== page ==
This paper is organized as follows. In section II, we introduce the microscopic Hamiltonian describing two-band layered superconductor in magnetic field and derive the corresponding linearized gap equations. In section III, we briefly discuss these equations for the transition temperature in zero magnetic field providing the reference for the further investigation of instability in finite magnetic field. In section IV, we derive the equations for the upper critical field and evaluate the pairing kernels in these equations. In section V, we discuss the dependences of the quantum pairing kernel on relevant parameters. In section VI, we present the typical magnetic field versus temperature phase diagrams. We conclude the paper by section VII.

## Ii The model of a two-band layered superconductor

We will investigate the shallow band effects in layered superconductors using the simple tight-binding Hamiltonian with only the nearest-neighbor interlayer hopping term,

 H=∑jα∫d2r[c†αjs(r)(εα(^k)σ0ss′+μzHσzss′)cαjs′(r) −tαzexp[iec∫ljdzAz]c†αjs(r)cα,j+1,s(r)+h.c. −∑βUαβc†αj↓(r)c†αj↑(r)cβj↓(r)cβj↑(r)], (1)

where is the in-plane coordinate, is the layer index, represents spin, and () represents the -band (-band). Furthermore, is the (nearest) interlayer hopping energy, and are intralayer energy dispersions with the band masses and and the momentum operator . In the model, we also consider the Zeeman spin splitting and assuming the band electron’s magnetic moment, , be the same in each band for simplicity. In the second line of Eq. (1), is the line integration along the out-of-plane direction and is the interlayer spacing (set to unity in the later calculation) and is the -component of the vector potential. In zero magnetic field, the three-dimensional energy dispersions are , see Fig. 1(a).

In this paper, we limit ourselves to the case of the magnetic field applied in the direction. In this case, with standard gauge choices and the magnetic phase factor in Eq. (1) tight-binding terms drops out. For definiteness, we consider the case when the hole band is shallow meaning that the chemical potential is located near its edge . We note that whether the shallow band is hole-like or electron-like does not have any influence on the results of this paper. The two Lifshitz transitions in this model occur at [see Fig. 1(b)] Lifshitz (1960). At the neck near interrupts and the hole band got completely depleted.

To study the superconducting instabilities in the model Eq. (1), we follow the standard approach and write the linearized gap equation as

 Δαr,j=T∑ωn∑βj′Uαβ∫r′Kβωn(rj,r′j′)Δβr′,j′, (2)

where the gap function is defined as and we used the notation , are the Matsubara frequencies, and the kernel is

 Kαωn(rj,r′j′)=Gαωn,+(rj,r′j′)Gα−ωn,−(r′j′,rj), (3)

where is the one-particle Green’s function in the normal phase and the subscripts or describe spin orientation. Without magnetic field, the normal Green’s functions can be expanded into the plane-wave basis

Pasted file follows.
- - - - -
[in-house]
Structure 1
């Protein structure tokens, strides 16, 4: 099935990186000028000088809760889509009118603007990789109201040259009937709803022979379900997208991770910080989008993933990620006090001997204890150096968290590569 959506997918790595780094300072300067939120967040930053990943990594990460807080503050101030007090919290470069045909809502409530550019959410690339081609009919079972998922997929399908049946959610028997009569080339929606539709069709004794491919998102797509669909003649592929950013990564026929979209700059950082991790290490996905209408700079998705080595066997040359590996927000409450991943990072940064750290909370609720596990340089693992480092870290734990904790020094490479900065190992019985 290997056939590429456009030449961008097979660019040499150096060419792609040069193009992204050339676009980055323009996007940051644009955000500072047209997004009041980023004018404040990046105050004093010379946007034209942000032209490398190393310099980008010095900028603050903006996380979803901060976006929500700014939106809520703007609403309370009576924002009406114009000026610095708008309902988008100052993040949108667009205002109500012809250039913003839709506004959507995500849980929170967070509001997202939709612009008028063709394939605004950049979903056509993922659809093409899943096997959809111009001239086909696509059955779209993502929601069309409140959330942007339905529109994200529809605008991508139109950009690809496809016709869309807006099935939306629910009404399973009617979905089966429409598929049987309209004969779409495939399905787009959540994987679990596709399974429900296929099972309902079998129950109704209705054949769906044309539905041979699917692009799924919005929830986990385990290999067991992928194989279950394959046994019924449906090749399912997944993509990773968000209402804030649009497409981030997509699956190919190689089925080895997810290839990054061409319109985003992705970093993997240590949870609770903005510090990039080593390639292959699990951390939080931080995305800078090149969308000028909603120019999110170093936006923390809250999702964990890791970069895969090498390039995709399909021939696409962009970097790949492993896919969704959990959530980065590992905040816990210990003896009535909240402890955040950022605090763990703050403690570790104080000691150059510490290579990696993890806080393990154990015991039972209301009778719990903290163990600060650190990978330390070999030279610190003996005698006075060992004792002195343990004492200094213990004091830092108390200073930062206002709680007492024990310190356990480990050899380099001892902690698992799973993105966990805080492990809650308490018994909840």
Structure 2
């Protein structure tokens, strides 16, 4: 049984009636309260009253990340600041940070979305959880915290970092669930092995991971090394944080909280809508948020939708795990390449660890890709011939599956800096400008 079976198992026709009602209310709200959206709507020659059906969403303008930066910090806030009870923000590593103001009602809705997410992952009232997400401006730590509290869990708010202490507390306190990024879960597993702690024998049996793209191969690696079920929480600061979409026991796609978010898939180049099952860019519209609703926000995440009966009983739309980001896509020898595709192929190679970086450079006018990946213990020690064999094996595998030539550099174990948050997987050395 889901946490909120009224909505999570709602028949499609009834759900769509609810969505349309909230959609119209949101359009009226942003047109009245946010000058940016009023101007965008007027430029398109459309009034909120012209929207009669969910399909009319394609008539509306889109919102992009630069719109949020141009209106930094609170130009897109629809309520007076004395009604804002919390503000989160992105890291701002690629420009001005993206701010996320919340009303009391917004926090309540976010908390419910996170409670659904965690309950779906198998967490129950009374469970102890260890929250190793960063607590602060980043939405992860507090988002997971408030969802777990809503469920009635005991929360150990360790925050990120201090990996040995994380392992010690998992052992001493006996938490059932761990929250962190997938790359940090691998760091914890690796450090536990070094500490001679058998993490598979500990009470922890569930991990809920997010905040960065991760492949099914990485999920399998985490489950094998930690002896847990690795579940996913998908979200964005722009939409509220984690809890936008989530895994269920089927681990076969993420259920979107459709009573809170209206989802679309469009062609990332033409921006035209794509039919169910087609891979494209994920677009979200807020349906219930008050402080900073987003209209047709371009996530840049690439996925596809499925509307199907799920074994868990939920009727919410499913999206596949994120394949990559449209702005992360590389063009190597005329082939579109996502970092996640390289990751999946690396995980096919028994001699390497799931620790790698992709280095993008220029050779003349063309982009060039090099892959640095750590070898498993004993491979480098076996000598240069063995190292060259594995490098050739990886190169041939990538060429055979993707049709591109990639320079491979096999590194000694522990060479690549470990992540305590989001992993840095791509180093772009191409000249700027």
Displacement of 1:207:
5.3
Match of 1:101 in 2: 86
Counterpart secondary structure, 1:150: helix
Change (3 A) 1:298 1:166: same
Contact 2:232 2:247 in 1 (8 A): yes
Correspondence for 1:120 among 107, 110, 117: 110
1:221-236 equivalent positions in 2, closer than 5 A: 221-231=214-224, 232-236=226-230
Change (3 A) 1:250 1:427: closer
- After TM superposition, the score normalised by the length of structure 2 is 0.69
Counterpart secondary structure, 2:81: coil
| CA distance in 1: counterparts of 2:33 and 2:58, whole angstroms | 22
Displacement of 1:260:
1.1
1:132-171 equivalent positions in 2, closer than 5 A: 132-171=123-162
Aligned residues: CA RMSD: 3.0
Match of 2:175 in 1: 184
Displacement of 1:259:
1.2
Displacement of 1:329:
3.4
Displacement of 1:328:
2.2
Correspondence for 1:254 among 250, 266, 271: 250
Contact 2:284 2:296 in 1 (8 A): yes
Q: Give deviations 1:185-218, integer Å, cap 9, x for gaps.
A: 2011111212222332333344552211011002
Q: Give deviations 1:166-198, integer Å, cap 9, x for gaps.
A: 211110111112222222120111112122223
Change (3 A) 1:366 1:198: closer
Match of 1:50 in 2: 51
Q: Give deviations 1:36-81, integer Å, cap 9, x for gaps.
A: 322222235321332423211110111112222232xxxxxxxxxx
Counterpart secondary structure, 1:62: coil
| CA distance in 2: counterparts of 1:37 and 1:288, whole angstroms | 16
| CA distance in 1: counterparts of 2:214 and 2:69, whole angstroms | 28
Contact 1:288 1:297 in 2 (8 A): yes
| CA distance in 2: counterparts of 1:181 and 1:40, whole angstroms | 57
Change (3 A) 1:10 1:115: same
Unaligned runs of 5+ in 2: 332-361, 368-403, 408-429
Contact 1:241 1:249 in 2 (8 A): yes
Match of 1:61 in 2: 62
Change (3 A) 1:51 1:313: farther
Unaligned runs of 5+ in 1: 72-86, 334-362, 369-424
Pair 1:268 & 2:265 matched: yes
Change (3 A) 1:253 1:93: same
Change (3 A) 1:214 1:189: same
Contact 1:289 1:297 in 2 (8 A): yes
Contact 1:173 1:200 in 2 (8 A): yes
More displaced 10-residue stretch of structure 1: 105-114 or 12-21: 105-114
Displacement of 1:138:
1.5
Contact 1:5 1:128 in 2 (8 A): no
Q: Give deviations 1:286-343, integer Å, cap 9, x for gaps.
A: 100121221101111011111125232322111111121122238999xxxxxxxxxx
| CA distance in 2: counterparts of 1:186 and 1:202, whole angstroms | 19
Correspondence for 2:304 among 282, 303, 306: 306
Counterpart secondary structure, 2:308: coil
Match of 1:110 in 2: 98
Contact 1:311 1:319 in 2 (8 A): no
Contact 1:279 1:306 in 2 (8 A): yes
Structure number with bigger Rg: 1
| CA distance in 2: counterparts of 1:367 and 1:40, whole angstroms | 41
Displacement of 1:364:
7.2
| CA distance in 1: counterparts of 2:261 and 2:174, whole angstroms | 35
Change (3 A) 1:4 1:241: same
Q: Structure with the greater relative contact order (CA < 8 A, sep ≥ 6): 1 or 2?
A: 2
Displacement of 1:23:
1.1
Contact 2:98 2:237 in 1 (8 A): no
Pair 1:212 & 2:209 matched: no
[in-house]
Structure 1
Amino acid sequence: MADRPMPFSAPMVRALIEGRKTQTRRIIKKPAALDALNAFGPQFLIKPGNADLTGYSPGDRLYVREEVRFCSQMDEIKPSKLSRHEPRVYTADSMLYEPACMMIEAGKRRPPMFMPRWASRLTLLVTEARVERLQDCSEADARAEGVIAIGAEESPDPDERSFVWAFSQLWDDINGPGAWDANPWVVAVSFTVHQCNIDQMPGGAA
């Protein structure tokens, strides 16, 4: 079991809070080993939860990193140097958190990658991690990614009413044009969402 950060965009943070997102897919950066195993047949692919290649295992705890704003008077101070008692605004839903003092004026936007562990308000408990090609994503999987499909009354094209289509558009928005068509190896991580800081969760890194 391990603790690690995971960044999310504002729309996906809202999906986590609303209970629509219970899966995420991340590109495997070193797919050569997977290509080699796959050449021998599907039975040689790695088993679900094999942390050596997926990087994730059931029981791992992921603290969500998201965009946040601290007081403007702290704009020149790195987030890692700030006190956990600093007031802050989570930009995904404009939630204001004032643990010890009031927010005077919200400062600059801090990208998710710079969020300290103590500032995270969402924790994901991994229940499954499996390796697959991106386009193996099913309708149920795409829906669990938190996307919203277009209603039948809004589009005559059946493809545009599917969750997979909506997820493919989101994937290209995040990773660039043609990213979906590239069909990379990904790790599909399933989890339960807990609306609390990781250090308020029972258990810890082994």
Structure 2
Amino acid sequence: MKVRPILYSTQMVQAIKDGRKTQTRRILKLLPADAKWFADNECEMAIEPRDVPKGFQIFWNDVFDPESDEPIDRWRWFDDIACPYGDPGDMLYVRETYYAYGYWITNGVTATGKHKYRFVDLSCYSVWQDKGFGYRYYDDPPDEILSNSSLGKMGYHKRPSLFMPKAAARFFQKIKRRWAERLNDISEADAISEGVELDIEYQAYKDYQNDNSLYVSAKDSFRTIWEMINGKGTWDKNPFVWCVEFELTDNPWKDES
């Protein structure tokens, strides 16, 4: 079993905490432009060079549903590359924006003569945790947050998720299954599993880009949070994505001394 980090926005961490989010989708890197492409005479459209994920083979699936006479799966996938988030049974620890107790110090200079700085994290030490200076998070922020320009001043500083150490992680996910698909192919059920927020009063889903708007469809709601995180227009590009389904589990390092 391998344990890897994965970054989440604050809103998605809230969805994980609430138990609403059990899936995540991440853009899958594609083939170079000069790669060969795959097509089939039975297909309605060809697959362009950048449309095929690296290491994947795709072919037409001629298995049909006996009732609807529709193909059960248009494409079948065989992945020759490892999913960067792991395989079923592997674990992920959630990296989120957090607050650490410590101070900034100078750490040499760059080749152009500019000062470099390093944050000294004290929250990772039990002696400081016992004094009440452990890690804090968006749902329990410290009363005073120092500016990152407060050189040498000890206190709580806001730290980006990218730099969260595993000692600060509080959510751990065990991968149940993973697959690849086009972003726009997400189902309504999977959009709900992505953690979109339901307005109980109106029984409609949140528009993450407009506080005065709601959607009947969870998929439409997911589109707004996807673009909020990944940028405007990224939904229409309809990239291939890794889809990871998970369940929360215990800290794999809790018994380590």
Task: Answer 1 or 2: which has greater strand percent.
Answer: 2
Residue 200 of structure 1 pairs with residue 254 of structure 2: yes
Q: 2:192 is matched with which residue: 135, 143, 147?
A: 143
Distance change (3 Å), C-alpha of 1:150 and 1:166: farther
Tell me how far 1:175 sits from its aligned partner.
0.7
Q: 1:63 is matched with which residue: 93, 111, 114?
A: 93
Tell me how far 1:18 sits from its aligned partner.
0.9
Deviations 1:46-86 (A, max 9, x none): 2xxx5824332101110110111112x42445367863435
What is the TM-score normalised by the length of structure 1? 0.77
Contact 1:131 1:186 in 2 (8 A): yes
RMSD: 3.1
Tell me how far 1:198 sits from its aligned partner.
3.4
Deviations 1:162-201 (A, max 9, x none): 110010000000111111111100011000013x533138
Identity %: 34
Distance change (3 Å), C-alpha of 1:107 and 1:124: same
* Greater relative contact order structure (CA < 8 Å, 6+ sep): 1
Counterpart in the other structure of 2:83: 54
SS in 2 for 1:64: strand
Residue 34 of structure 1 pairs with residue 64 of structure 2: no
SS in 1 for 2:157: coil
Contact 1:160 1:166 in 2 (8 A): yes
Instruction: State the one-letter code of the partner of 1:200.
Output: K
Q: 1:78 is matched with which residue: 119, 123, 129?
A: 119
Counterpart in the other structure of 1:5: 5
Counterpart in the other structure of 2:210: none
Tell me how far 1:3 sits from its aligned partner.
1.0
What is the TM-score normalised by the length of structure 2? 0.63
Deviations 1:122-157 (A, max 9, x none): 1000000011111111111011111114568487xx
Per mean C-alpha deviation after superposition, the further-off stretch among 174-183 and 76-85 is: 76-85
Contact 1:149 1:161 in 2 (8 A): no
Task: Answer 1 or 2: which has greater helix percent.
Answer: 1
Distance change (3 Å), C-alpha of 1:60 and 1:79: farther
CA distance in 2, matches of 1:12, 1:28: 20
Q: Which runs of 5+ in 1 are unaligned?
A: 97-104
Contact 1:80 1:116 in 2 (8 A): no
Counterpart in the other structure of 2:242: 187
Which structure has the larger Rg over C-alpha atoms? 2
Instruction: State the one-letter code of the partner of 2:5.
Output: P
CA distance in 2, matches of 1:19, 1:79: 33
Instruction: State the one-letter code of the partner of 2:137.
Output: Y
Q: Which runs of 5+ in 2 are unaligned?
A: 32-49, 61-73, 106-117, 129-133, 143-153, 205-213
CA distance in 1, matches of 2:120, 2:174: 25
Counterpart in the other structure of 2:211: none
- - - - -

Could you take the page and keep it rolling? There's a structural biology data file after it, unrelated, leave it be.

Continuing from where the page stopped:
Gαωn,±(rj,r′j′)=∑kkze−i[k⋅ρ+kz(j−j′)]iωn−ξαk+2tαzcoskz, (4)

where and . In the presence of out-of-plane magnetic fields, in the symmetric gauge the one-particle Green’s function can be represented as

 Gαωn,±(rj,r′j′)= exp(i[r×r′]z2l2) × ∑kze−ikz(j−j′)gαωn,±(ρ,kz) (5)

where is the magnetic length and . We use the quasiclassical approximation for the Green’s function of the deep -band

 geωn,±≈∑ke−ik⋅ρiωn∓μzH−ξek+2tezcoskz, (6)

and expand the Green’s function of the shallow -band over the exact Landau-level basis Rajagopal and Ryan (1991); Maniv et al. (1992)

 ghωn,±=12πl2∑ℓ=0Lℓ(ρ22l2)exp(−ρ24l2)iωn∓μzH+Eℓ−μh+2thzcoskz, (7)

where , , is the cyclotron frequency, and are the Laguerre polynomials.

## Iii Transition temperature in zero magnetic field (Tc)

For zero magnetic field, the superconducting order parameter is homogeneous . This gives the linearized gap equation, which we represent as

 Δα0=∑βΛαβΛ−10,βΔβ0, (8)

where we have introduced the notations for the coupling matrix with being the 2D densities of states, and

 Λ−10,α≡N−1αT∞∑ωn=−∞∑j′∫r′Kαωn(rj,r′j′). (9)

The kernels are determined by the zero-field Green’s function in Eq. (4) giving

 Λ−10,α=N−1αT∑ωn∑kkz[ω2n+(ξαk−2tzcoskz)2]−1,

see Appendix A.1. We further integrate out the wave vectors in by using for -band ( for -band) and . Here, is the energy cutoff and we have assumed that . We therefore obtain the following gap equation near

 [^Λ−1−^Λ−10](Δh0Δe0)=0, (10)

where with

 Λ−10,e ≈∞∑ωn>02TCωntan−1Ωωn≈lnAΩTC, (11a) Λ−10,h ≈12lnAΩTC+~ΥC, (11b)

, and is the EulerâMascheroni constant. Here the parameter is the value of the temperature-dependent function

 ~ΥT=∞∑ωn>0∫π−πdkz2π2Tωntan−1[μh−2thzcoskzωn] (12)

at . This parameter appears due to the cut off at the band edge for the shallow band. We can carry out -integration and the Matsubara-frequency sum in using the relation . This gives

 ~ΥT=−∫∞0dsπslntanh(πTs)sin(2μhs)J0(4thzs), (13)

where is the Bessel’s function. In the limit of low temperatures, , this function diverges logarithmically,

The transition temperature is determined by the condition of degeneracy of the matrix , i. e., . This equation determines as

 Λ−10,e =Λee+Λhh2DΛ−~ΥC + δΛ   ⎷⎛⎜⎝Λee−Λhh2DΛ−~ΥC⎞⎟⎠2+2ΛehΛheD2Λ (14)

with and . This parameter directly determines by Eq. (11a). In the following consideration, we will use the zero-field equation, Eq. (10), to eliminate the logarithmic divergencies from the gap equation at finite magnetic field.

## Iv Superconducting instability in magnetic field

In the presence of magnetic field, the superconducting order parameter is nonuniform. Near the onset of the superconducting instabilities in the magnetic field, the solutions for the linear problem in Eq. (2) are given by the Landau-level eigenfunctions. Typically, the lowest Landau-level eigenfunction yields the optimal , where the superconducting instability develops first 111For strong Zeeman spin-splitting, the largest may be realized for higher Landau-level eigenfunction Buzdin and Brison (1996a); *Buzdin:PLettA218.1996. . This solution has the following shapeGruenberg and Gunther (1966)